Showing posts with the label Vocabulary

The Difference Between Need and Want

What is the difference between a need and a want?

A need facilitates something.

The object of need is like the road to your destination.
There are also different levels of needs.

For example, we need air more than we need clothes,
and we need a heart more than we need a hand.

Our greatest need is God because he is the source
(facilitator) of all good things.

A want, in essence, does not affect the course.
It simply makes the journey more enjoyable.

~A MountainWings Original, Coyette Clunie, Jamaica W.I.~

Bible Verses

Meditation The Bread of Life
"I Am The Bread of Life" Jesus replied: I am the bread that gives life! No one who comes to me will ever be hungry. No one who has faith in me will ever be thirsty. I have told you already that you have seen me and still do not have faith in me. Everything and everyone that the Father has given me will come to me, and I won't turn any of them away.

I didn't come from heaven to do what I want! I came to do what the Father wants me to do. He sent me, and he wants to make certain that none of the ones he has given me will be lost. Instead, he wants me to raise them to life on the last day.

My Father wants everyone who sees the Son to have faith in him and to have eternal life. Then I will raise them to life on the last day.

John 6:35-40 CEV

The Word Guy with Rob Kyff

This Column Is Just Dessert

Pop quiz! See whether you can select the correct word in each context:

1. At the end of the novel, the cruel villain got his just (deserts, desserts).
2. The two armadas engaged in a fierce (naval, navel) battle.
3. The threat of icebergs caused the ship to (shear, sheer) off course.
4. When the mayor announced the curfew, a loud (hew, hue) and cry arose from the crowd.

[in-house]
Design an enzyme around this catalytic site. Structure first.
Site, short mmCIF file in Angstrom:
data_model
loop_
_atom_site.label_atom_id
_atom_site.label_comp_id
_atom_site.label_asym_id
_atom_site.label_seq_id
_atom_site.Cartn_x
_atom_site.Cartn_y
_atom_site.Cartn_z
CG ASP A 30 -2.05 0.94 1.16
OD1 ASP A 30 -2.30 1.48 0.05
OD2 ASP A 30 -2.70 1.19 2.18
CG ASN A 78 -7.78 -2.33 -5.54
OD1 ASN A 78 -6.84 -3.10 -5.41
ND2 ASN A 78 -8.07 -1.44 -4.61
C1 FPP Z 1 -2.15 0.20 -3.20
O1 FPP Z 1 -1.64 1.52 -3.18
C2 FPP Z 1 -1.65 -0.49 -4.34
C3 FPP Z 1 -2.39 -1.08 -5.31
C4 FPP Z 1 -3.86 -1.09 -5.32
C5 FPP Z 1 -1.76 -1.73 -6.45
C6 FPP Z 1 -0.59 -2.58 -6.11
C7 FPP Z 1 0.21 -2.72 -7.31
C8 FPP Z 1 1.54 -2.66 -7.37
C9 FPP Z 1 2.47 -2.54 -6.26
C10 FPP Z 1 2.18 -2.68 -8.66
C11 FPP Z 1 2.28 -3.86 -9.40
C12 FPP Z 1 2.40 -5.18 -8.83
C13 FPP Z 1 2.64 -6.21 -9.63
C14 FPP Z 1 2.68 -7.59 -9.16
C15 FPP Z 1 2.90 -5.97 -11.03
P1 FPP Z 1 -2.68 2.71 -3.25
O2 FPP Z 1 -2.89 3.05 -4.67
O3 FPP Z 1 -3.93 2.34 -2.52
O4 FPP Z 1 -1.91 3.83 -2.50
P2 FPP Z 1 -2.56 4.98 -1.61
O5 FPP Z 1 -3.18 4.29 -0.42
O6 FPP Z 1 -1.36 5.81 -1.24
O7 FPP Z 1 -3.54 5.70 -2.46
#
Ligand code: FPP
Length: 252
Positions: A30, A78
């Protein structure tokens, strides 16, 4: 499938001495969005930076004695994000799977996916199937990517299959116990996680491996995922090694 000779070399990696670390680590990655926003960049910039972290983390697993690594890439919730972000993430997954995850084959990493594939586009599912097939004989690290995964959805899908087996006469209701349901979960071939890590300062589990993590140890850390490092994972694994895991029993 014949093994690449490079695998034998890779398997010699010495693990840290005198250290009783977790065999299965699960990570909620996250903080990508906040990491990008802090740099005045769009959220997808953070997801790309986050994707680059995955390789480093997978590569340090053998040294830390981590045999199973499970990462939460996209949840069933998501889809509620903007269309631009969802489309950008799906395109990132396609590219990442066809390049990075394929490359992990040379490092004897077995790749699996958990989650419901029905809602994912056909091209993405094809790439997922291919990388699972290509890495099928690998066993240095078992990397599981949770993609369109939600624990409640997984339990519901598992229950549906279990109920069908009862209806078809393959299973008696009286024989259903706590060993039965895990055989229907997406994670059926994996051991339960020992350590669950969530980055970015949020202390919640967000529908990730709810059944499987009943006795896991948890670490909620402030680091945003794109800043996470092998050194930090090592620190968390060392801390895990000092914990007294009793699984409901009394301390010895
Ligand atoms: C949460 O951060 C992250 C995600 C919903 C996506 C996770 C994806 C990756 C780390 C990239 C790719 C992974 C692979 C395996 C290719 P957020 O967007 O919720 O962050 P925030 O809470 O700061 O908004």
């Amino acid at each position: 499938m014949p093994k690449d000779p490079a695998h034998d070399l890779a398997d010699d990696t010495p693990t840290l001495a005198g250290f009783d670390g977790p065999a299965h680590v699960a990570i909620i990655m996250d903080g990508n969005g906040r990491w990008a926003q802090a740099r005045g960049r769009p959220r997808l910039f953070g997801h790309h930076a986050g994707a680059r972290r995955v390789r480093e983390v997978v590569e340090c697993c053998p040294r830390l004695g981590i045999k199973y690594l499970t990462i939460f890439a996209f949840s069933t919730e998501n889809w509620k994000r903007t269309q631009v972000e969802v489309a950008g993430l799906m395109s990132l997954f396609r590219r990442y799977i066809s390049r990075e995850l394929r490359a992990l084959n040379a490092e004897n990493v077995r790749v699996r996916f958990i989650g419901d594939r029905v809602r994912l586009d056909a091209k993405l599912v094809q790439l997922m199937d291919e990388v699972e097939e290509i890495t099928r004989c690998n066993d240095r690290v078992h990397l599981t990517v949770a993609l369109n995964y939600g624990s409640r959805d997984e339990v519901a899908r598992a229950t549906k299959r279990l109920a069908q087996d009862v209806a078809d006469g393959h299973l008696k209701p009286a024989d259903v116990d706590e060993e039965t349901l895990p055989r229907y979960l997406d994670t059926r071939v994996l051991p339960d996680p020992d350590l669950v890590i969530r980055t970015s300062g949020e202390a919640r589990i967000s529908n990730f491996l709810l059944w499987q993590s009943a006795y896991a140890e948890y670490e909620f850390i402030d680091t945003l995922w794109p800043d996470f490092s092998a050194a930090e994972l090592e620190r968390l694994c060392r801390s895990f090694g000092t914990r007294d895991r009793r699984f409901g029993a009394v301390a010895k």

5. The stern teacher insisted that his students (toe, tow) the line.
6. The prosecutor portrayed the defendant as an (arrant, errant) liar.
7. Your figures don't seem to (gibe, jibe) with mine.
8. Tom's (principle, principal) concern was the enormous cost of the project.
9. Sally's friends considered her to be very (straight-laced, strait-laced).
10. Henry placed the golf trophy on his fireplace (mantel, mantle). ----

1. deserts -- One meaning of "desert" is something deserved or merited. "Dessert" means sweet food eaten after a meal.
2. naval -- "Naval"…

Vocabulary from Rob Kyff

Hello everyone!!Just wanted to share this one....guess it's quite interesting to add to your vocabulary...Anyway I will be out to visit a friend tomorrow to spend a New year there till a week..I will try to update my blog if I have time..I wish everyone a happy and blessed New Year!! Have some fun!! Best regards!!!
When Nouns Become Adverbs "I don't stay up nights worrying," said John Lennon in 1965. "Summers I used to cover Missouri," wrote Thornton Wilder in 1934. "I went over there afternoons," wrote Ernest Hemingway in 1929.

Why do we sometimes use nouns -- "nights," "summers" and "afternoons" -- as adverbs like this? In fact, this usage is a linguistic fossil, a remnant from the early history of English.

Today we use the genitive case of a noun to indicate possession, as in "night's coolness" or "summer's warmth." But in Old English, the genitive case could also indicate that a …